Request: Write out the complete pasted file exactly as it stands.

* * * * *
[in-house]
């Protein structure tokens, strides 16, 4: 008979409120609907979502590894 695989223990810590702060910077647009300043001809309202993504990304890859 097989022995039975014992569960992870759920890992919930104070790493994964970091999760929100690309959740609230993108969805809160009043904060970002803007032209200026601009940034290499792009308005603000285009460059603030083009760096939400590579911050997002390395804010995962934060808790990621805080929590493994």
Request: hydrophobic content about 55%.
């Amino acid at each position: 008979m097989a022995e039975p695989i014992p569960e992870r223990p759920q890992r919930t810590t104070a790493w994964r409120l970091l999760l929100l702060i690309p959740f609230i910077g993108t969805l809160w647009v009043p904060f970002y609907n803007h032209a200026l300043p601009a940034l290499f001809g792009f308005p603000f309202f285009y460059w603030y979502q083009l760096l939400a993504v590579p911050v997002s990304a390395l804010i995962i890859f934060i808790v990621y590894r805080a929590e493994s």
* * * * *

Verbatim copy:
[in-house]
């Protein structure tokens, strides 16, 4: 008979409120609907979502590894 695989223990810590702060910077647009300043001809309202993504990304890859 097989022995039975014992569960992870759920890992919930104070790493994964970091999760929100690309959740609230993108969805809160009043904060970002803007032209200026601009940034290499792009308005603000285009460059603030083009760096939400590579911050997002390395804010995962934060808790990621805080929590493994």
Request: hydrophobic content about 55%.
């Amino acid at each position: 008979m097989a022995e039975p695989i014992p569960e992870r223990p759920q890992r919930t810590t104070a790493w994964r409120l970091l999760l929100l702060i690309p959740f609230i910077g993108t969805l809160w647009v009043p904060f970002y609907n803007h032209a200026l300043p601009a940034l290499f001809g792009f308005p603000f309202f285009y460059w603030y979502q083009l760096l939400a993504v590579p911050v997002s990304a390395l804010i995962i890859f934060i808790v990621y590894r805080a929590e493994s």